Jerry Sandusky Scandal

'Highly incriminating' evidence: Details of meeting involving attorneys in Jerry Sandusky trial unsealed

Judge John Cleland walks into the courthouse with a Centre County sheriff's deputy Thursday, June 21, 2012, for the Jerry Sandusky sexual abuse trial, at the Centre County Courthouse, in Bellefonte, Pa. Nabil K. Mark
Judge John Cleland walks into the courthouse with a Centre County sheriff's deputy Thursday, June 21, 2012, for the Jerry Sandusky sexual abuse trial, at the Centre County Courthouse, in Bellefonte, Pa. Nabil K. Mark Centre Daily Times

Jerry Sandusky’s jury never heard the full case against him, which contained a “great deal” of “highly incriminating” evidence.

That’s according to what Chief Deputy Attorney General Frank Fina told the judges overseeing the Sandusky case and the grand jury investigation late in June as they were discussing how a confidential audio interview with Sandusky’s adopted son Matt got into the hands of NBC. Fina called the meeting, hoping to get the judge to sign a protective order guaranteeing materials not introduced at trial, like Matt Sandusky’s interview, would not be released.

The transcript of that closed-door hearing on June 26 at the State College branch of the Attorney General’s Office was unsealed Wednesday because it may be part of an appeal by one of the defense attorneys.

According to the transcript, Fina didn’t go into detail about the “highly incriminating” evidence, but he said the protective order would cover things such as investigative reports that contain references to named and unnamed victims in the case as well as potential victims.

“It’s not in the interest of Mr. Sandusky to have, you know, additional incriminating information being revealed to the public,” Fina said. “I’m talking about incriminating information beyond that which was presented during the trial. There’s a great deal of that in the discovery — evidence that, for a variety of reasons, the commonwealth did not utilize but that was highly incriminating of Mr. Sandusky.”

The leaked police interview with Matt Sandusky aired on NBC’s Today Show during the trial. In the interview, the son said his adoptive father molested him. The revelation of the allegation to the defense deterred Jerry Sandusky from testifying.

Matt Sandusky’s attorneys confirmed the interview was with their client, and the police investigator also confirmed the authenticity of the interview.

As to who leaked the recording to NBC, that’s still unknown, according to what the attorneys told the judges. Three copies existed — prosecutors have one, the defense has one and state police have one.

Defense attorney Joe Amendola said he never listened to the tape. 

He got it, but because of volume of materials he said he was reviewing each night for trial the next day, he had his co-counsel, Karl Rominger, review it. Rominger said he did not make a copy of the recording.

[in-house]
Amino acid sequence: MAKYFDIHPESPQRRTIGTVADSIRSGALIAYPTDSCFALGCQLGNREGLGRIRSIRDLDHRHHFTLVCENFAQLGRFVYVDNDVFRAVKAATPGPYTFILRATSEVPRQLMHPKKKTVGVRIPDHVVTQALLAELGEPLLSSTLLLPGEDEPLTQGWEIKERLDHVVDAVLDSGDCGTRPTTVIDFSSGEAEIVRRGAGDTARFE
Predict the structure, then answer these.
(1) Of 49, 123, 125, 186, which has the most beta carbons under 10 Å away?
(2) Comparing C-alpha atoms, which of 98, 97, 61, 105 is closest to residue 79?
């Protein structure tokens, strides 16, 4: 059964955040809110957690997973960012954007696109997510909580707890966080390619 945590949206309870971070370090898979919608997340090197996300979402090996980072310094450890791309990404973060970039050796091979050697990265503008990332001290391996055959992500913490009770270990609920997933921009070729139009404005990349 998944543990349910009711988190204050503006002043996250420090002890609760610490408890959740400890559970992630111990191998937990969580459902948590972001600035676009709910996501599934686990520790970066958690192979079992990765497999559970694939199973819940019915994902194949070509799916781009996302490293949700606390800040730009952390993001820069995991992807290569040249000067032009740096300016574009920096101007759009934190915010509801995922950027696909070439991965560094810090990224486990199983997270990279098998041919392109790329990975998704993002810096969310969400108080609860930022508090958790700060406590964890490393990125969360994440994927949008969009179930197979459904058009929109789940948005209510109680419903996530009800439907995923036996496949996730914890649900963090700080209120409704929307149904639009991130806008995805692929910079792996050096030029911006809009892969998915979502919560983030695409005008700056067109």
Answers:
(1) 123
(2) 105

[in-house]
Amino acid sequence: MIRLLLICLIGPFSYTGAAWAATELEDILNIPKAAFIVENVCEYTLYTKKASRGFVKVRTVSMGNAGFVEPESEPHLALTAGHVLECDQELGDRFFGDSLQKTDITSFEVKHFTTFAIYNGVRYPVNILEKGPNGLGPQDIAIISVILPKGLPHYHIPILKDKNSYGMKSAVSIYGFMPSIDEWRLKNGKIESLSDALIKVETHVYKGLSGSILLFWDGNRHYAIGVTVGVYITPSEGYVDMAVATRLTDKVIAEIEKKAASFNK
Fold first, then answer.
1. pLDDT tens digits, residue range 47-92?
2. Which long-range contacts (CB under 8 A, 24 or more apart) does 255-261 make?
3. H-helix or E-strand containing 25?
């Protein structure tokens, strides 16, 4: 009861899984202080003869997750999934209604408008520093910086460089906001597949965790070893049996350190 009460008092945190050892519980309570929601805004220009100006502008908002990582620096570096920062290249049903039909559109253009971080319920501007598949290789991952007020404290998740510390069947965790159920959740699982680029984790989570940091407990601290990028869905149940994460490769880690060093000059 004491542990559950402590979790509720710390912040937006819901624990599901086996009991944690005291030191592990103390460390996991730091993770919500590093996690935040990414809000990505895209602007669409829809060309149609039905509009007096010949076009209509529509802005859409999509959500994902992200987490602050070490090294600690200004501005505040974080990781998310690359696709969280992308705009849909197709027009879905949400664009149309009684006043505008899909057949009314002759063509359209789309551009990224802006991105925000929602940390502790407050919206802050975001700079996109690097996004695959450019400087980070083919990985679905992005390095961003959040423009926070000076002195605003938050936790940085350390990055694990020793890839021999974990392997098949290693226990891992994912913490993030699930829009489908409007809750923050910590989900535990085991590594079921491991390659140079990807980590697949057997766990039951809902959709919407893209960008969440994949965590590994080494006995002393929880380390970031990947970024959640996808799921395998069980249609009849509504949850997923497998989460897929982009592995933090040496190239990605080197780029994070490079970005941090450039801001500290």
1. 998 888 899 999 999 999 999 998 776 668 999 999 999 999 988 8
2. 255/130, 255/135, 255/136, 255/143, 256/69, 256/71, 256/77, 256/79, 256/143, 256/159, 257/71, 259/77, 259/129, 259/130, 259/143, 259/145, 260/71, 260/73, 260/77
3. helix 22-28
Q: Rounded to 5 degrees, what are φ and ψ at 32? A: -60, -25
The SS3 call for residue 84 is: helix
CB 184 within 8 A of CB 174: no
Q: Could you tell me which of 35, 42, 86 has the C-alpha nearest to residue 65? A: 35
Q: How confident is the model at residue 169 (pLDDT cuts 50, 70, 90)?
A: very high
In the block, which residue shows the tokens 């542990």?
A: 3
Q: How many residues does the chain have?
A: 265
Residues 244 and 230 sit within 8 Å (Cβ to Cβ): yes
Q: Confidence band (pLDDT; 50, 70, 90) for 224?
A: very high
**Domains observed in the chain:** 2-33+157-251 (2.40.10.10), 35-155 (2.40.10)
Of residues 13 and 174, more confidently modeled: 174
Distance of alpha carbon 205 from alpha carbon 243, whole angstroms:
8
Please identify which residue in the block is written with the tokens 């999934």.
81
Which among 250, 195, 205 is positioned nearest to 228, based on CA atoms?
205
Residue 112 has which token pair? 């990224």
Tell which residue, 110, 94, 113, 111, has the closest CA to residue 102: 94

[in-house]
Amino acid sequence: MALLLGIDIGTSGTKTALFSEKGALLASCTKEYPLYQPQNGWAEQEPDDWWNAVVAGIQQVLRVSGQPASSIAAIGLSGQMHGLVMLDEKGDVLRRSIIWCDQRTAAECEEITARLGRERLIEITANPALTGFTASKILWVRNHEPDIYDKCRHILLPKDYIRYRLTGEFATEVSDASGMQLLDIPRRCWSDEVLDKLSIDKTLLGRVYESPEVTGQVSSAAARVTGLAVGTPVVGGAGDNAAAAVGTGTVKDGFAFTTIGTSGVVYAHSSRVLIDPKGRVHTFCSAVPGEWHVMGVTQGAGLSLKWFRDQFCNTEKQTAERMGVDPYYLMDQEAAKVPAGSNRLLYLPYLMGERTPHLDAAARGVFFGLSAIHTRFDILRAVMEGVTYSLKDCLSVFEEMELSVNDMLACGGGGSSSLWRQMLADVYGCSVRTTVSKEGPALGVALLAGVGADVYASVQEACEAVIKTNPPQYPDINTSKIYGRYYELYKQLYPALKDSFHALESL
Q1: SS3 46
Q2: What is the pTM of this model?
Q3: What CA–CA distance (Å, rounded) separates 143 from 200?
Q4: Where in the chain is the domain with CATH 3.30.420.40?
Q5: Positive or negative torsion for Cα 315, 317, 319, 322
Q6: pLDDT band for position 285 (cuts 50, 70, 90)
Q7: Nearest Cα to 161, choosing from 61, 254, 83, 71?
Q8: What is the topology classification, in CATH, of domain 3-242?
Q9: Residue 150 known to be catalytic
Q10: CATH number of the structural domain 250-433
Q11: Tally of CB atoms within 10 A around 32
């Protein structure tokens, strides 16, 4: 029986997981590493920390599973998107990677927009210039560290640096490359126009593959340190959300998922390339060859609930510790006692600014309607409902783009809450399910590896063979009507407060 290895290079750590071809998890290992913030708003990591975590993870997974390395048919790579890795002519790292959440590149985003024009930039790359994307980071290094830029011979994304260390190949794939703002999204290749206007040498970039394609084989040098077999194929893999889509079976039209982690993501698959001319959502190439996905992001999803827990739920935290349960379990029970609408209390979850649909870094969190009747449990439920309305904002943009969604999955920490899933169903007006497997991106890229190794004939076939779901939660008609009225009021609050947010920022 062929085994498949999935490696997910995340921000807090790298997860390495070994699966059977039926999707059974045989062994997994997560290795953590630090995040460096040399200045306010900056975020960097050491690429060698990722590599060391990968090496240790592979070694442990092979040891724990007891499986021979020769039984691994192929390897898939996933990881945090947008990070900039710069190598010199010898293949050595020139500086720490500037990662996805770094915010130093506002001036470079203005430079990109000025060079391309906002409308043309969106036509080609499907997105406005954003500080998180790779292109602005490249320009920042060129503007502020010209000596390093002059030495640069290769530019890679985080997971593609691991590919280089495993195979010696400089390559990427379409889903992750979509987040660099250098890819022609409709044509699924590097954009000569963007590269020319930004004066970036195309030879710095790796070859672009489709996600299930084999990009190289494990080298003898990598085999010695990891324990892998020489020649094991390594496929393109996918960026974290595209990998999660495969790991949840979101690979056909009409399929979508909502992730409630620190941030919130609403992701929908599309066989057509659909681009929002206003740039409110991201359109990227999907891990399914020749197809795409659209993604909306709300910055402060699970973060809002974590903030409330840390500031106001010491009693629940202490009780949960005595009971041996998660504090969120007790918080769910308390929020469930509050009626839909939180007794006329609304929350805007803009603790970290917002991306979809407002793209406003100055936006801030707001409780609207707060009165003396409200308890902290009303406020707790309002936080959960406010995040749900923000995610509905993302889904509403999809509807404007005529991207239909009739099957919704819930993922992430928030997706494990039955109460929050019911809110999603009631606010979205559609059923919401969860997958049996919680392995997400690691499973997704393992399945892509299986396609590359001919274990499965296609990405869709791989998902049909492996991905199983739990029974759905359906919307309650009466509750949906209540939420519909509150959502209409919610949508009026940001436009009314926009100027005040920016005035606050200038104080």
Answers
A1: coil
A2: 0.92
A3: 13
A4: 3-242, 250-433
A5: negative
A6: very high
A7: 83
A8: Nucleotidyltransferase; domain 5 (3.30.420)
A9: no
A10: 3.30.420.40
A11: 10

After the hearing, Judge John Cleland granted the prosecution’s request for a protective order. But he also went further — telling the defense to give him, under oath, a list of everyone they shared discovery materials with as well as what materials they shared.

Rominger is appealing the order, arguing that those records are a work product and they can’t be made to turn them over. He also said the judge’s order went beyond what the sides agreed to.

Also during the hearing, Rominger raised another media leak issue — that reporters told him they had seen emails from former Penn State President Graham Spanier and handwritten notes from former Penn State administrators Tim Curley and Gary Schultz. CNN reported the text of the emails in late June.

Nothing like that was introduced at trial, but notes Schultz made and emails among the three university leaders were released in the Louis Freeh report that blames them and Joe Paterno for concealing abuse allegations against Sandusky for fear of bad publicity.

“I find it fascinating that these media members can quote specifically out of those materials, which are not in the public record, which are grand jury material,” Rominger said.

Fina said that was a “significant concern” as well and said Penn State also had copies of them. But Penn State having them is beyond his control, he said.

Penn State had refused to make those records available, even to Spanier, who sued the university in an attempt to see his emails before meeting with Freeh’s investigators.

Meanwhile, Sandusky, 68, remains in the Centre County Correctional Facility awaiting his sentencing on 45 of 48 counts of child sexual abuse. Barring a successful appeal, he will spend the rest of his life behind bars in a state prison.

Mike Dawson can be reached at 231-4616. Follow him on Twitter @MikeDawsonCDT